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George Washington University Law School

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Monday, May 15, 2006

Complaints about foreign law firms in Shanghai

The Shanghai Lawyers Association recently issued a memorandum decrying what it called the unauthorized practice of law by foreign law firms in China and calling for a crackdown by the authorities. For details of the memorandum, see the reports by China Confidential and the China Law Blog (not to be confused with this blog). The China Law Blog has posted Chinese and English texts.

A few comments (slightly modified from original posting):

  • This is about protecting Shanghai lawyers from competition, not about protecting the public or the clients of the foreign lawyers. The memorandum does not even bother to pretend otherwise, and explicitly highlights the harm done to Shanghai lawyers. Remarkably, the memo does not ever claim that the foreign lawyers have actually given bad advice.
  • It is not quite accurate to suggest, as does the China Law Blog, that everyone does the same thing. The China Law Blog says, "Foreign lawyers are not allowed to practice in any of the 50 U.S. states." The states typically (I think) do not distinguish between citizens and non-citizens. They distinguish between those who have passed the state bar and those who have not. LL.M. programs in the U.S. are heavily populated by foreign lawyers who, upon graduation, typically take the New York or California bar exams and then qualify to practice. By contrast, foreigners are not allowed to qualify as PRC lawyers. Even Hong Kong and Macao lawyers may not represent clients in court. These restrictions stem from the still-powerful conception of the legal system, and particularly courts, as part of the state security apparatus; the participation of persons over whom the government has incomplete authority must therefore be limited.
  • This is not a WTO issue. The China Law Blog posting wonders why South Korea's complete prohibition of foreign lawyers is not a WTO violation. The answer is that the WTO agreements (the relevant one would be the GATS) do not require you to allow foreign lawyers to practice. China, unlike South Korea, has made some specific promises about legal services (as part of its accession agreement), and those are set forth in its Services Schedule. I doubt that a crackdown would violate any of the those promises, so there are no grounds for a WTO complaint.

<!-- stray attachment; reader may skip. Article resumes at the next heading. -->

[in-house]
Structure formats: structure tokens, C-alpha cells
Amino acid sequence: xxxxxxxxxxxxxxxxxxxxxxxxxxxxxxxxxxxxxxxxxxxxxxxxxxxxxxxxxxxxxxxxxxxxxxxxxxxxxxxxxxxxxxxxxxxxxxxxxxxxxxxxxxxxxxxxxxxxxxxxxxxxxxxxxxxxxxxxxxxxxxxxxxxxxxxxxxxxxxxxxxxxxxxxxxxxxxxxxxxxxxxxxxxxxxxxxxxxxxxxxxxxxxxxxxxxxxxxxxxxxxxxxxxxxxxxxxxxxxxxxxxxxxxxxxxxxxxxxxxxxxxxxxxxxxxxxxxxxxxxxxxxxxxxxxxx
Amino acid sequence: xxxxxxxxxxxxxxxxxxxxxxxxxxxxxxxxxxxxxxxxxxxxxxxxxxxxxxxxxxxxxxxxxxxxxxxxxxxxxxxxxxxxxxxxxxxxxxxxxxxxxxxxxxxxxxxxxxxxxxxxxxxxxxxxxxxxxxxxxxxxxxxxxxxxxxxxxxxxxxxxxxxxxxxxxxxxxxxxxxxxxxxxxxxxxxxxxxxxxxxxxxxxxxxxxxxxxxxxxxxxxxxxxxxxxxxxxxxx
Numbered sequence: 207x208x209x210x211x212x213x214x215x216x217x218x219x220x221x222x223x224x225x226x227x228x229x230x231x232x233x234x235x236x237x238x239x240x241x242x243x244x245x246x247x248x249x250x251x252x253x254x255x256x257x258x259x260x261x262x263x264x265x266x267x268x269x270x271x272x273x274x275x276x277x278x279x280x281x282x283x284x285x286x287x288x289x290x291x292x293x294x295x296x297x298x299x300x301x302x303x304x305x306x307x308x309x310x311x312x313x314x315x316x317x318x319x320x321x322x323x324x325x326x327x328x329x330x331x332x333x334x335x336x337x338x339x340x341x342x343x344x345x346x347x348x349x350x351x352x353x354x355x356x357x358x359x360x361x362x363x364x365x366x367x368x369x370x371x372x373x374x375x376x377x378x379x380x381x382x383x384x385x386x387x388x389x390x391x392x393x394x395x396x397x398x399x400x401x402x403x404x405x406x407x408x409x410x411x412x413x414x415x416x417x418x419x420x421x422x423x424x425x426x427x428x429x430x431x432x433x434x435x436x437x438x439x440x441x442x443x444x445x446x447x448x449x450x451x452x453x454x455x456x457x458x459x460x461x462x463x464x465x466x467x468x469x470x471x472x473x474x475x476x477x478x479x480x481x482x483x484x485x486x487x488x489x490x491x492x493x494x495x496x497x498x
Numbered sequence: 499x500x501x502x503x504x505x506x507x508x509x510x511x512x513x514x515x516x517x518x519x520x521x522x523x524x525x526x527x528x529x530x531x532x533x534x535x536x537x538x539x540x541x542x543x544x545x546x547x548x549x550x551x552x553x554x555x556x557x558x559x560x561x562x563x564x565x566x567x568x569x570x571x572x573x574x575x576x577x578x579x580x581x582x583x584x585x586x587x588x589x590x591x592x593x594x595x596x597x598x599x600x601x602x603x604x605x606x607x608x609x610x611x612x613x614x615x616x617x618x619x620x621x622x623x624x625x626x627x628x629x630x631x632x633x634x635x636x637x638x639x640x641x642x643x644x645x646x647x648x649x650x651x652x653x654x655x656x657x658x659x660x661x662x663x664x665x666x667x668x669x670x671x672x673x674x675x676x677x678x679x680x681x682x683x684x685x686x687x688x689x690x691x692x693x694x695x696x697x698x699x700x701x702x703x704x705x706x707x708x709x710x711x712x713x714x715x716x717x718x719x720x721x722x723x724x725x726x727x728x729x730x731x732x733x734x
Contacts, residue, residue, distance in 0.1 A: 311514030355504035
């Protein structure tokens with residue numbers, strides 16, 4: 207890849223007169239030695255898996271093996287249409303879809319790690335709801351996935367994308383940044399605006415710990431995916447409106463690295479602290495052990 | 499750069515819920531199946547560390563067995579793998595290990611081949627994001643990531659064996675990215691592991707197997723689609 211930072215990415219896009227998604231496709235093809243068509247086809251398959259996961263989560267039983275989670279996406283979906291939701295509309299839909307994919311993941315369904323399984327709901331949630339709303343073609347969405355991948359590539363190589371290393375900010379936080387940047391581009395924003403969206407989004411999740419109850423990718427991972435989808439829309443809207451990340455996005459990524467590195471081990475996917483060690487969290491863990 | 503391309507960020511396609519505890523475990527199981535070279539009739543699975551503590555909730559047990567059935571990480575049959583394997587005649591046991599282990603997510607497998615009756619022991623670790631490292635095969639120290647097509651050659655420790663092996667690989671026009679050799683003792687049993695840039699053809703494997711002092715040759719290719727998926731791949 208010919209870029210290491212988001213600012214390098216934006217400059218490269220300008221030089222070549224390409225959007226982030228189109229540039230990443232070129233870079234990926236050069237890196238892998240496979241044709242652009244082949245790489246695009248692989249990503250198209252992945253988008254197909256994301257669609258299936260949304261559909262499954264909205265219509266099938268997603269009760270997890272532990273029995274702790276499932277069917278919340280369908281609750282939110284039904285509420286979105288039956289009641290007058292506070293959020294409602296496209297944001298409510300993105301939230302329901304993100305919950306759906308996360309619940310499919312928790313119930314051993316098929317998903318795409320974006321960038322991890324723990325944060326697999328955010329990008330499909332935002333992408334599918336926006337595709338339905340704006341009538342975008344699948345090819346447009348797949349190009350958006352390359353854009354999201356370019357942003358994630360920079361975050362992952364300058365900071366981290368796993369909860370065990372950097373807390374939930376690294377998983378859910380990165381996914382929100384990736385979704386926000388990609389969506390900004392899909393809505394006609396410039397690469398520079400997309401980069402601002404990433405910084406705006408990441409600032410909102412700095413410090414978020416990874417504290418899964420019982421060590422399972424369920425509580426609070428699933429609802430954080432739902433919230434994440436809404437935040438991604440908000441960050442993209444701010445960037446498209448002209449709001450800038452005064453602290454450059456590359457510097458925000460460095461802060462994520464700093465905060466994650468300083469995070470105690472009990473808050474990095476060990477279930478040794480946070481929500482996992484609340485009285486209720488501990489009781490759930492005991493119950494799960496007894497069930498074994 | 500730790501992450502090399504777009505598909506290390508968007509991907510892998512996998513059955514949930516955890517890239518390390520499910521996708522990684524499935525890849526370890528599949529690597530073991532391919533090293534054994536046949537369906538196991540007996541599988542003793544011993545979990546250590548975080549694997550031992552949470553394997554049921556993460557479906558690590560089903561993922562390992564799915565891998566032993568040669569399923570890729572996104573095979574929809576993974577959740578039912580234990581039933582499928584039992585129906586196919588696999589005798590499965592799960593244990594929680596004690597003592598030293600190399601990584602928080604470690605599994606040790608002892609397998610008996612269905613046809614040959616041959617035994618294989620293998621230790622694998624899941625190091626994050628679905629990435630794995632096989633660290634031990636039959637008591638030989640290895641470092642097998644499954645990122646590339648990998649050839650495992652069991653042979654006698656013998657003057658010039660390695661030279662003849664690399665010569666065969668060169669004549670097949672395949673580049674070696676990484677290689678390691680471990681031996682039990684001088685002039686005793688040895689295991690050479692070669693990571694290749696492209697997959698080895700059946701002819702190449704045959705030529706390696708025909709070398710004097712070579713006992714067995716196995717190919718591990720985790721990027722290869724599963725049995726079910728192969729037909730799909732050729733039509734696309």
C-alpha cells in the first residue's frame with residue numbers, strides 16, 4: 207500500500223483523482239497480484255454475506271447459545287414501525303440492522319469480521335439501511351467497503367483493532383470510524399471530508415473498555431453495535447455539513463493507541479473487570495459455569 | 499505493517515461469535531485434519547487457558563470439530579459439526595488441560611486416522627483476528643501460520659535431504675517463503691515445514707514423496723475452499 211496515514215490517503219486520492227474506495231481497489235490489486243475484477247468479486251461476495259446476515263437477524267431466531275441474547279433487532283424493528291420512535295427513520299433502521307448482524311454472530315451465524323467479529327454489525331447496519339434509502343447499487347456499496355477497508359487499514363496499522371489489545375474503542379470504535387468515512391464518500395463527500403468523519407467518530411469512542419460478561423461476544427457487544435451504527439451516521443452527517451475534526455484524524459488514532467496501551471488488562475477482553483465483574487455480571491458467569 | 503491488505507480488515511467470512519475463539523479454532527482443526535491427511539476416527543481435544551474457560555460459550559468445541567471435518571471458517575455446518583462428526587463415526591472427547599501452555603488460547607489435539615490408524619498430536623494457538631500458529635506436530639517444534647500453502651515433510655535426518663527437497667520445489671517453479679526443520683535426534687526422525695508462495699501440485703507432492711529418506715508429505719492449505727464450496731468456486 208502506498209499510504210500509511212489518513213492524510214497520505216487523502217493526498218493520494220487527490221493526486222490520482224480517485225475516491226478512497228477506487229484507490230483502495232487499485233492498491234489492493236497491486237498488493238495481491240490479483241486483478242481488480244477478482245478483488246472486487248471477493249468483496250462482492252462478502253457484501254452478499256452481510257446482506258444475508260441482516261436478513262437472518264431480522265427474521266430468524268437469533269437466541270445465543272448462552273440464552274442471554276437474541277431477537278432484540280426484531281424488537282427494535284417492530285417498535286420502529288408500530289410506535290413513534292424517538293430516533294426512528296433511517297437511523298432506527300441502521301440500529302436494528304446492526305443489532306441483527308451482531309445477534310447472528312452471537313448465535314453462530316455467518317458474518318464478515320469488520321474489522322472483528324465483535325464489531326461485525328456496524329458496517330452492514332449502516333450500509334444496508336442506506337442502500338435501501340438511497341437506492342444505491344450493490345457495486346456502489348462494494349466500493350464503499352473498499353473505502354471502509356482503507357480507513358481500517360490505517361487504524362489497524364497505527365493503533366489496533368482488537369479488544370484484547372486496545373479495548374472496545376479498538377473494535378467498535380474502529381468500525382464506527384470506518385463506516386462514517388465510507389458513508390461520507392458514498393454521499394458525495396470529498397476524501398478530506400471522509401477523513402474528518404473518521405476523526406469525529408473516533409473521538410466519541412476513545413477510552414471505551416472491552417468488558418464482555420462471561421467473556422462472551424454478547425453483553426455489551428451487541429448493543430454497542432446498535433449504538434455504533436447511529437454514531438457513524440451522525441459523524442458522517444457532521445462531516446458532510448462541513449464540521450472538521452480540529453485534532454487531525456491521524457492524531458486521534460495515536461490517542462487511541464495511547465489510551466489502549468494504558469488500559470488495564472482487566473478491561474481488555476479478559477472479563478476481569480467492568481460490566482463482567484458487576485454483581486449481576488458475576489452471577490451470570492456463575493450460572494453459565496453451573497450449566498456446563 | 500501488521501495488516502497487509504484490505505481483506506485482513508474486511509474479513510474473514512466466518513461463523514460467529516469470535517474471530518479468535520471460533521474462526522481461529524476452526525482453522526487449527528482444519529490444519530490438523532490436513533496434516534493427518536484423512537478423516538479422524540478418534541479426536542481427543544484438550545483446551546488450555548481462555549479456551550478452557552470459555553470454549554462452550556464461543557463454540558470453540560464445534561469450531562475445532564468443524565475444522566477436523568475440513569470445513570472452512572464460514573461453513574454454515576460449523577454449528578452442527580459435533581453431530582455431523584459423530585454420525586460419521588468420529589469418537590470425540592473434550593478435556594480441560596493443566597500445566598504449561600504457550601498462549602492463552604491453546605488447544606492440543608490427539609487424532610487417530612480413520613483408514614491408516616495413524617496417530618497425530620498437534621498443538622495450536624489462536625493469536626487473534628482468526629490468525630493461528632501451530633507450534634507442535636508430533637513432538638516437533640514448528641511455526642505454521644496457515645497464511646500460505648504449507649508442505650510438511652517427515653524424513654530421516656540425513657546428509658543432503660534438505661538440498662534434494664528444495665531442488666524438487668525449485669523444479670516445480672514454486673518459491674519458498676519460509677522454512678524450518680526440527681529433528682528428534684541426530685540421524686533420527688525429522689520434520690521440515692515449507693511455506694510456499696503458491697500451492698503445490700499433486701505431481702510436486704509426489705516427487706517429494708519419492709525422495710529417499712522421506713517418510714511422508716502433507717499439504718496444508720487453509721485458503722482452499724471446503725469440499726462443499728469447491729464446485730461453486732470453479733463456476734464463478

• While lawyers in Shanghai and no doubt elsewhere are pushing for a crackdown, there are forces pushing in the other direction, and not just the foreign lawyers. Local bureaux of justice, for example, derive benefits from regulating foreign law firms that they would lose if the foreign firms were to be driven out or reduced in size. Thus, the struggle is not completely one-sided.

Thanks to China Law Blog for bringing this to everyone's attention.

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Comments

This responds to each of your comments.

"This is about protecting Shanghai lawyers from competition, not about protecting the public or the clients of the foreign lawyers." I agree with this, but is this necessarily wrong when all that they are requesting is that the foreign law firms abide by the law?


"It is not quite accurate to suggest, as does the China Law Blog, that everyone does the same thing." I merely pointed out that China's legal practice laws are not draconian when compared to those in other countries.